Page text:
The iteration marks 々, ヽ, ヾ, ゝ, ゞ are slightly smaller than standard kana, and are often seen in print when a contemporary scholar is transcribing text, a printmaker's seal, etc. My question relates to the kunojiten (くの字点, くのじてん), either the 〱 (unvoiced) or 〲 (voiced) repeat marks that resemble the hiragana characters ku (く) and gu (ぐ). Given they are only used in vertical text, stretching to fill the space usually occupied by two kanji characters, what is the best solution if you are TRANSCRIBING them from pre-20th century documents and cartouches, typing them up?
Perhaps this is a little bit of a style question... might one write:
摂州大物の浦よしつねしう〲難風... and risk a reader thinking 〲 is gu ぐ
摂州大物の浦よしつねしう〲[じう]難風... i.e., interpolate in square brackets
摂州大物の浦よしつねしう[じう]難風... interpolate in square brackets with no reference to 〲
or simply transcribe as
摂州大物の浦よしつねしうじう難風... with no reference to there having been a kunojiten present?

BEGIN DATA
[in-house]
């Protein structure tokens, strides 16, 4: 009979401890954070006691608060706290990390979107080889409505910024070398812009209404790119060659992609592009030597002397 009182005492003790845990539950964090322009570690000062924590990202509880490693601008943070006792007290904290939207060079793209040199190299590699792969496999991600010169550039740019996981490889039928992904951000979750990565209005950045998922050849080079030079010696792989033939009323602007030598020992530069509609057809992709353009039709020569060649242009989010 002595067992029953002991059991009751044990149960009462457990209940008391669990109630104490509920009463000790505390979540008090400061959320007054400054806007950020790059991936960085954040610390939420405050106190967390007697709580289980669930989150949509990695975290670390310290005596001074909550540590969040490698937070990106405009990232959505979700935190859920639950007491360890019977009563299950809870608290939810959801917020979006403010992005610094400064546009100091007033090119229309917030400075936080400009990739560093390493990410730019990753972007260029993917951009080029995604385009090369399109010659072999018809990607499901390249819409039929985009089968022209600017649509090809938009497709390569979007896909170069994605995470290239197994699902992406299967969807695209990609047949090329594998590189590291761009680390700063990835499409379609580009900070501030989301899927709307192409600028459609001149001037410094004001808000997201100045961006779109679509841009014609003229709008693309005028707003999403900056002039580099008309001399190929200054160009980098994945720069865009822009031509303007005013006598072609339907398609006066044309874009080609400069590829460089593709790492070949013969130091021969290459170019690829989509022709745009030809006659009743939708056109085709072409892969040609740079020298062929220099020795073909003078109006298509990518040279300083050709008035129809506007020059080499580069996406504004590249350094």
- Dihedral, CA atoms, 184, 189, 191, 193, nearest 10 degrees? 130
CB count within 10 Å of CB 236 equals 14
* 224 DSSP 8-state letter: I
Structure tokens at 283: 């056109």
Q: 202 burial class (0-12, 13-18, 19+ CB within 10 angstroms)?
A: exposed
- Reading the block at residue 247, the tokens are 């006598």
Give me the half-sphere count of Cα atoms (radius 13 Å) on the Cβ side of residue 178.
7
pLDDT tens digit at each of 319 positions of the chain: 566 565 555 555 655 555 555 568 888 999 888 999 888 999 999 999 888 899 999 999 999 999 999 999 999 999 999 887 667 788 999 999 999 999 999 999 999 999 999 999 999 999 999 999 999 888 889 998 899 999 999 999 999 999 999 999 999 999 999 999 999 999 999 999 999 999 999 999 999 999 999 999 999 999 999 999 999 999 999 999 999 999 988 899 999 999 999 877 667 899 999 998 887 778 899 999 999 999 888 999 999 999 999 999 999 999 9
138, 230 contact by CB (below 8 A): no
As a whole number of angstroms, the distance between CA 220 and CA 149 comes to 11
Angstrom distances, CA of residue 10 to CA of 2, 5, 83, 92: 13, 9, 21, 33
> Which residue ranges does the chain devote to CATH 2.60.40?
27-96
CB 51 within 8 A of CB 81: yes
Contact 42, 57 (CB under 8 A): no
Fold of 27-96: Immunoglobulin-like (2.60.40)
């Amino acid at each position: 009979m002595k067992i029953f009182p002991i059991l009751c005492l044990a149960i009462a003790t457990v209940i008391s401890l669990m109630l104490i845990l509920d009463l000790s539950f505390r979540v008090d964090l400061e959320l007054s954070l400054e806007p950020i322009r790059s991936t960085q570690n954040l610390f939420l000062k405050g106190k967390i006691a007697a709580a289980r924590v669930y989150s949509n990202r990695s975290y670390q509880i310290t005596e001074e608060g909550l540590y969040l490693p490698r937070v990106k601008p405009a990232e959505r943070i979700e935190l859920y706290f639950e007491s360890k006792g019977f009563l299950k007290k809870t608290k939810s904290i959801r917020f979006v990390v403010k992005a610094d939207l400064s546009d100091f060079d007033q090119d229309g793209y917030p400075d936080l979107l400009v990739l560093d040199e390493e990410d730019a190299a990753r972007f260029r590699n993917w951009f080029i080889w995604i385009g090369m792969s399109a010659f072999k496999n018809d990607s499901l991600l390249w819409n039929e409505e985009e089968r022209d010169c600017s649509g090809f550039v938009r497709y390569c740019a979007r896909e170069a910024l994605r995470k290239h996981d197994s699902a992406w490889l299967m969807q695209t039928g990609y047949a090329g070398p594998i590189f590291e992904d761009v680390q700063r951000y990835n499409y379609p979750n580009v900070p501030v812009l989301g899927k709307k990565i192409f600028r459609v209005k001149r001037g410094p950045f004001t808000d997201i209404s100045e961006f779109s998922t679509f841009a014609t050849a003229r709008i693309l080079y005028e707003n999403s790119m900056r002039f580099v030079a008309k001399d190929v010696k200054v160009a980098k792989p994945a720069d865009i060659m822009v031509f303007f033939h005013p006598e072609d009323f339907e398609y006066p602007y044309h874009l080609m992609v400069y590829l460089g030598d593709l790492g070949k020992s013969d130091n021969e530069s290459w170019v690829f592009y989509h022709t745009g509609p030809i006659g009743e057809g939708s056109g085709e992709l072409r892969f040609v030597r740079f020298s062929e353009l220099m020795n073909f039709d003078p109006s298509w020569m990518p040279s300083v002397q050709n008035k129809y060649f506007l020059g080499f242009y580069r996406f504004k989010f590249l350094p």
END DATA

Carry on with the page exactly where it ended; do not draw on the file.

My reference from a cartouche: 摂州大物の浦よしつねしう[kunojiten]難風に出合て平家のぼうれい御船を覆さんとする圖
or with accompanying furigana in the cartouche: 摂州[せっしゅう]大物の浦よしつねしう[kunojiten]難[なん]風に出合て平家のぼうれい御船を覆[くつがえ]さんとする圖, Sesshū Daimotsu-no-ura Yoshitsune shiujiu [shūjū] nanpū ni deaite Heike no bōrei mifune wo kutsugae san to suru zu.
Essentially, is there a consistent and/or best practice for transcribing or transliterating kunojiten in printed text?
Shiujiu (しう〲, thus しうじう), appears to be a more archaic way to write shūjū (しゅうじゅう) or shujū (しゅじゅう), a "master and servant" or "lord and retainer." Shūjū/shujū is sometimes seen in kanji form (主従) but it's usually seen Shiujiu (しう followed by the kunojiten) in 19th century prints. The dictionaries I have access to (at present) don't bring up the spelling Shiujiu... not quite sure when it changed, and the historical relationship/shift of 'iu' to 'ū'.